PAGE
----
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Japan's subway gas attack trial thrown into confusion


Cult leader claims responsibility, yet innocence

October 18, 1996
Web posted at: 11:30 a.m. EDT (1530 GMT)

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TOKYO (CNN) -- A courtroom outburst Friday by the cult leader accused of masterminding last year's nerve gas attack on Tokyo subways threw his murder trial into confusion. For the first time, Shoko Asahara admitted responsibility for the actions of his followers but he also declared his innocence because he said he was not personally involved in carrying out the crime.

Saying he had heard from God, Asahara also warned court- appointed defense lawyers they would die if they continued questioning former cult member and top aide, Yoshihiro Inoue, who has confessed to the gassing and named Asahara as the mastermind.

"Yoshihiro Inoue was formerly my disciple. He is also a man of accomplishment. I would like to shoulder responsibility for all incidents. So please stop questioning him," the bearded Asahara said, apparently trying to protect Inoue who was being cross-examined.

'Instructed by God'

"I was instructed by God in my detention cell this morning," said Asahara, 41, whose real name is Chizuo Matsumoto.

It was the first time in the six-month trial that Asahara has admitted to the sarin gas attack March of 1995, which killed 12 and made some 6,000 ill.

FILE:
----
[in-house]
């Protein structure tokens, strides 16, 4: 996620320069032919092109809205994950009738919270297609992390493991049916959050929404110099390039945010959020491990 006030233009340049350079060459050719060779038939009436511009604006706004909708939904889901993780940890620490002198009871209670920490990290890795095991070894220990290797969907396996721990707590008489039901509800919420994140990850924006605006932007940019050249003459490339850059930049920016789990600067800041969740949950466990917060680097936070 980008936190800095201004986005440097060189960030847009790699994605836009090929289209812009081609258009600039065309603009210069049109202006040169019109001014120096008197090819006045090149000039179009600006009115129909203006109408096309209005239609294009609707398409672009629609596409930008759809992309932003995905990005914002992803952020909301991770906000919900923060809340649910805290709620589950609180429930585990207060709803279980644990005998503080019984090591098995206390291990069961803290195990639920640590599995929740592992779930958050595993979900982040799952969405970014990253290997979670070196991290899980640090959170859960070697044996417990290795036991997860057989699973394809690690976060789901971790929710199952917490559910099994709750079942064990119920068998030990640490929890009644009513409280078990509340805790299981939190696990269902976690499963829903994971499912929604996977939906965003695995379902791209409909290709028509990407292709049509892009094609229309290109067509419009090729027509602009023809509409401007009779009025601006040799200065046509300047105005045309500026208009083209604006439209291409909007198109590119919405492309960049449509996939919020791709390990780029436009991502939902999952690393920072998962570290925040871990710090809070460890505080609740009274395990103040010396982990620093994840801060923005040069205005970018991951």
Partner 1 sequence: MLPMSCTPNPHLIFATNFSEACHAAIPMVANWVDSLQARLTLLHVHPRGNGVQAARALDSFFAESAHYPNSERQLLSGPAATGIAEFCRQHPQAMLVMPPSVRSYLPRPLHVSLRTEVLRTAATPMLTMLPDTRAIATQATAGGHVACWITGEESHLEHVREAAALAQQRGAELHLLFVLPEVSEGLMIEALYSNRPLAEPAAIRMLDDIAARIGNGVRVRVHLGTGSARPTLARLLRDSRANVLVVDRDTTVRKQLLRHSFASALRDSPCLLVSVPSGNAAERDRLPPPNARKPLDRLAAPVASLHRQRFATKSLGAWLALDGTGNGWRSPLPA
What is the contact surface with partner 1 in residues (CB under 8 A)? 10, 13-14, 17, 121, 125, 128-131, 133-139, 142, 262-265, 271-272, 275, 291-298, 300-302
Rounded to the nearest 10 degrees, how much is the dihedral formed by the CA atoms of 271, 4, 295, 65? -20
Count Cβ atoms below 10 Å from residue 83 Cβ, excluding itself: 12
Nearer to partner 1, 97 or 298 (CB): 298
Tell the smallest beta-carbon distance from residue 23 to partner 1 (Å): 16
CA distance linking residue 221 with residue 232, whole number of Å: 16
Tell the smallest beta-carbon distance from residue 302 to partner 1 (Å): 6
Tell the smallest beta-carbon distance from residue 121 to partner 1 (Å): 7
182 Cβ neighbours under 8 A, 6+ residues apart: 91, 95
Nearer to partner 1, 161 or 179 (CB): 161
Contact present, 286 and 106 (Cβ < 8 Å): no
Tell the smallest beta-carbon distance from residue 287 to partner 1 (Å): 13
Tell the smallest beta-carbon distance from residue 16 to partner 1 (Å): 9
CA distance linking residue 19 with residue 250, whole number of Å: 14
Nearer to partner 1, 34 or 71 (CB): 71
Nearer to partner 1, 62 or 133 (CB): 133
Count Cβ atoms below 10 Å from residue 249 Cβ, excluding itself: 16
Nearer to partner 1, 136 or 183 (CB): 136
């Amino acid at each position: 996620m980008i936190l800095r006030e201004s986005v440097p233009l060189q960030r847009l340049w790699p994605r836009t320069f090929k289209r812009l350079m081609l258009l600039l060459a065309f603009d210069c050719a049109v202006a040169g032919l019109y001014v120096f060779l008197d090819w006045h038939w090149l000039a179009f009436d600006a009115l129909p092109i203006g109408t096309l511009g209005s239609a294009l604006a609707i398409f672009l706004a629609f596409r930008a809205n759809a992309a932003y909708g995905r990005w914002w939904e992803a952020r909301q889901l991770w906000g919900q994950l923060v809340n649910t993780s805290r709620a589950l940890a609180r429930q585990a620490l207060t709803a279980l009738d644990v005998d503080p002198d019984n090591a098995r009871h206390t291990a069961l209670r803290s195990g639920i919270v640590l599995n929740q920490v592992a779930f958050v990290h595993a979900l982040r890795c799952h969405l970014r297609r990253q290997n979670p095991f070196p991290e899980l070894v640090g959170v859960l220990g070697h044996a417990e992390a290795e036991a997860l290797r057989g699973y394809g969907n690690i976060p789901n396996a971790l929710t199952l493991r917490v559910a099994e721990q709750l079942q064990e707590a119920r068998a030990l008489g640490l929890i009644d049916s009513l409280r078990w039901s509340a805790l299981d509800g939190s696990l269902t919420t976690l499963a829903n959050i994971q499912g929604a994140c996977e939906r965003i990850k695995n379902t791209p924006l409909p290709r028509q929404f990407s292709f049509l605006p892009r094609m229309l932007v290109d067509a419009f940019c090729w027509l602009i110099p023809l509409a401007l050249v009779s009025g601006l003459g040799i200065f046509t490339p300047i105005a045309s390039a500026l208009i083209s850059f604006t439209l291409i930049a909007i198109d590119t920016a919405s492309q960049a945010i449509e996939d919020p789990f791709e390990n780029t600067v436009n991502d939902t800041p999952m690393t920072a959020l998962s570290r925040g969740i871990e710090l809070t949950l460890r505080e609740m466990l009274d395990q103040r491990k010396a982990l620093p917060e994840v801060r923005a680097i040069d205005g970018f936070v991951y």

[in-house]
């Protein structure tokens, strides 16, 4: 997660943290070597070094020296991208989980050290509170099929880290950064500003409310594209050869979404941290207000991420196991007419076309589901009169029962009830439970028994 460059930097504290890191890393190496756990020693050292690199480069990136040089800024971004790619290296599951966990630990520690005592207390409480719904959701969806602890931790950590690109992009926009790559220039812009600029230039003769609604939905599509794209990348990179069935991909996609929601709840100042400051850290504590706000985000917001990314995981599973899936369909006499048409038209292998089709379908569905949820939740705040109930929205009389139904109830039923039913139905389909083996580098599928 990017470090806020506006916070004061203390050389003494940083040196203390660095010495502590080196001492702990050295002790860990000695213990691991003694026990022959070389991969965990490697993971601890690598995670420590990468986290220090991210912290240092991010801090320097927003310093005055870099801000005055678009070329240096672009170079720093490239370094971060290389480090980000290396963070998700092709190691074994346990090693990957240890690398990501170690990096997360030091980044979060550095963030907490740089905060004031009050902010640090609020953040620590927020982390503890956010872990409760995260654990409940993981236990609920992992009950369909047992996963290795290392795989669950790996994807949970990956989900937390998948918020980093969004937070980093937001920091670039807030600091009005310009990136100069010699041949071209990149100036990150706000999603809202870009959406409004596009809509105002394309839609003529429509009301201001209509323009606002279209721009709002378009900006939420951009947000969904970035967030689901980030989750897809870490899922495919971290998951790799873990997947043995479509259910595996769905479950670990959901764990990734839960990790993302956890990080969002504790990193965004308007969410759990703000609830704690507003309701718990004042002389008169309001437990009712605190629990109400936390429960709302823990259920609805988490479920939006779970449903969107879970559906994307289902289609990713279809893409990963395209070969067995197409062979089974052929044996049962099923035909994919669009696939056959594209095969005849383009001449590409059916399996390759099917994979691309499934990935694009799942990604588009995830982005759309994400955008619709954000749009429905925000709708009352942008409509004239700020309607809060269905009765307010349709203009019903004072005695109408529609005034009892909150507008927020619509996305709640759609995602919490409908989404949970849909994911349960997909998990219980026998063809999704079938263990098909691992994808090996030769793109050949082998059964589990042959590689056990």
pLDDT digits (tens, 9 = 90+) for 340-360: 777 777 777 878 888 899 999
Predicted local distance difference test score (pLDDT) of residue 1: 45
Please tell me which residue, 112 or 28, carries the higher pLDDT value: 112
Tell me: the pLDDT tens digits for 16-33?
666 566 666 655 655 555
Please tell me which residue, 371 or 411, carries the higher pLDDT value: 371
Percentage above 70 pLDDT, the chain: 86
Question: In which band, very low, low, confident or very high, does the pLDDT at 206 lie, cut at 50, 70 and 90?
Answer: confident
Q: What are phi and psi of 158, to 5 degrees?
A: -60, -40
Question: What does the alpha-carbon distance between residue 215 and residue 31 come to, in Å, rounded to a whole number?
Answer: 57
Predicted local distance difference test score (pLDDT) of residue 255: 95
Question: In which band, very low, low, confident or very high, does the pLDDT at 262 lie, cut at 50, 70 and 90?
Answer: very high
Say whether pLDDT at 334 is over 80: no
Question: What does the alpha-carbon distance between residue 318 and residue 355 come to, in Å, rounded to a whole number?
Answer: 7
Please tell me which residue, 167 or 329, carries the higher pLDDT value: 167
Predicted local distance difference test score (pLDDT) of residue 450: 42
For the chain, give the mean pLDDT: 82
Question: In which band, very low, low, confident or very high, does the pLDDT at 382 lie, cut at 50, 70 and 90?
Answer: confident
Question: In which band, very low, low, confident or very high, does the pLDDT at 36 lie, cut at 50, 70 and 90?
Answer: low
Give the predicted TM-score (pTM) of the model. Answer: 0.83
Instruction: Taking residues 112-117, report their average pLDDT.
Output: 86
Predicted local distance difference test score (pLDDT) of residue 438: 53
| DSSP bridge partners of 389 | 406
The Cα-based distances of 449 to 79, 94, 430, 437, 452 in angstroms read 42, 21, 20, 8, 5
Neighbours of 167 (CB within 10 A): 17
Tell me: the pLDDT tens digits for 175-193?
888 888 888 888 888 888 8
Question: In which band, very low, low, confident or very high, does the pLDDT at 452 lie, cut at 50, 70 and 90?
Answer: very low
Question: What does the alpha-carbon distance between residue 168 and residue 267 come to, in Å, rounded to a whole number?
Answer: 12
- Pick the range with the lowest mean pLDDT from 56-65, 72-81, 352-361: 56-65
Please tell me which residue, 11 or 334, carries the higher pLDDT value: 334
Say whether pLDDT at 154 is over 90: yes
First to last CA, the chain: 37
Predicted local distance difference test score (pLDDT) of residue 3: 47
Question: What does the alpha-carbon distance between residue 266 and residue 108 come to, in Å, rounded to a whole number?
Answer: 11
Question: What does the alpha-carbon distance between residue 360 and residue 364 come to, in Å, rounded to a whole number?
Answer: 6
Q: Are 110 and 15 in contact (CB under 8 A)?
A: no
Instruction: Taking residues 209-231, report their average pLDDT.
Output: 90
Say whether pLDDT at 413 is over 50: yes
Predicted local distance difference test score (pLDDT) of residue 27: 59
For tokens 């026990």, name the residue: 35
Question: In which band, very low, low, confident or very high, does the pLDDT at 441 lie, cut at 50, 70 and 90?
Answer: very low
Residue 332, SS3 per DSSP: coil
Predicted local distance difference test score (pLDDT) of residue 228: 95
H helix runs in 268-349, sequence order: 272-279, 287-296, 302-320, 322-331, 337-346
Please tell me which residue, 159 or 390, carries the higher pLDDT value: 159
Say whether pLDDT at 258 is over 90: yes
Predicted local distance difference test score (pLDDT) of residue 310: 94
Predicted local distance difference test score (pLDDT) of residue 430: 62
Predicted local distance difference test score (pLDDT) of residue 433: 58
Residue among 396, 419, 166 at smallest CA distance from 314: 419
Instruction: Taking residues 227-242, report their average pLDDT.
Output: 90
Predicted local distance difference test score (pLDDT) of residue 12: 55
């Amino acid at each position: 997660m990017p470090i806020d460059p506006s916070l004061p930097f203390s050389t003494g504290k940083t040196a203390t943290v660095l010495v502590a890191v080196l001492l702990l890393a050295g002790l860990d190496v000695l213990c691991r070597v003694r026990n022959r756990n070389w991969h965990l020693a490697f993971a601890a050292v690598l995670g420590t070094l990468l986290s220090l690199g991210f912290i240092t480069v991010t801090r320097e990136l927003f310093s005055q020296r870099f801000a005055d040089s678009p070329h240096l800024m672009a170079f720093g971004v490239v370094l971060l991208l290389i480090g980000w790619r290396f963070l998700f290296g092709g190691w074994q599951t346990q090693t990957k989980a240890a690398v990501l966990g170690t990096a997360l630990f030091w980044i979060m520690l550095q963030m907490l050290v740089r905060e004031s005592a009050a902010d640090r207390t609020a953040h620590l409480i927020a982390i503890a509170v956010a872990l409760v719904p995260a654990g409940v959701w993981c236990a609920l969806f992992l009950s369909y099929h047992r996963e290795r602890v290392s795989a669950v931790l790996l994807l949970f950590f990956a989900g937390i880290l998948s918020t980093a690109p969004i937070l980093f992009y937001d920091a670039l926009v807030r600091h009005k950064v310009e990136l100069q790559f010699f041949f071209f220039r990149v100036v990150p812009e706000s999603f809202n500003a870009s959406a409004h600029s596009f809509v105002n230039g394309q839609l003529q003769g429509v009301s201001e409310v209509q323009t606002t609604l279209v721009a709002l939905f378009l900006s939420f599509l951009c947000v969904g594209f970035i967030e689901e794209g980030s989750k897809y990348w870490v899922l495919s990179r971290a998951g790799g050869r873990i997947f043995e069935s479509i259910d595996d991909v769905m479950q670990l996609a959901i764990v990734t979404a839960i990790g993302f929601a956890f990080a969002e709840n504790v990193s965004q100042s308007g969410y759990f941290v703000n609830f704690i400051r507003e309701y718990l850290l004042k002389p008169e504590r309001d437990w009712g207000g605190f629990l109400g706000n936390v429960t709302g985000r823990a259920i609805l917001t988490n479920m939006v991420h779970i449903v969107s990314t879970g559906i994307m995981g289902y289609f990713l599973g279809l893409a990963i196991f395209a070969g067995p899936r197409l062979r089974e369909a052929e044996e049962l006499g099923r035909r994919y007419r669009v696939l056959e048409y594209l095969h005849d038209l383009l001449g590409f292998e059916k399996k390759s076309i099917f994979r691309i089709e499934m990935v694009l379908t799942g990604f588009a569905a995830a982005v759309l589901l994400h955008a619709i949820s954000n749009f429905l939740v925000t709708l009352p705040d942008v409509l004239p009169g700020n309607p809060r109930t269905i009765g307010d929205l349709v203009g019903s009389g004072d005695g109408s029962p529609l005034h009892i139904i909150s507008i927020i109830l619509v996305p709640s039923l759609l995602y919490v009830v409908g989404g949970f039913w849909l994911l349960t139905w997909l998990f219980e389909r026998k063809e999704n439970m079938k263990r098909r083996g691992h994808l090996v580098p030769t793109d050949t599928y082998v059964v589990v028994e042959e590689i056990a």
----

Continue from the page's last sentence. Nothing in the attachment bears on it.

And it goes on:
The trial immediately went into recess and, when it resumed 30 minutes later, Asahara made another surprising comment: "Although I am completely innocent, I don't want to torment the great soul of a man like Inoue," he said. "Please stop questioning Inoue."

A contradiction?, Not really


As contradictory as Asahara's statements may seem, they are not, if put into the context of Japanese culture and its idea of hierarchy.

A leader of a group or business is responsible for the actions of his subordinates, even if he had nothing to do with the act itself. In Asahara's case, he claims he is innocent but says he is willing to shoulder the responsibility.

Not a formal plea

Legal experts say Asahara's unexpected and confusing comments won't go on the record as official confessions or pleas and will have little impact on the trial's future proceedings.

He has refused to enter a formal plea. But scores of his followers have testified in court in their own trials that he ordered the gas attacks and other crimes.

Asahara, arrested in May 1995, has been indicted on 17 charges ranging from murder to illegal production of drugs and weapons. He faces the death penalty by hanging if convicted.

His sect, called Aum Shinri Kyo (Supreme Truth), is a doomsday cult that prosecutors say planned to bring down the Japanese government with its attacks.

The trial is set to resume on November 7. A verdict is not expected for many months.

Correspondent May Lee and Reuters contributed to this report.


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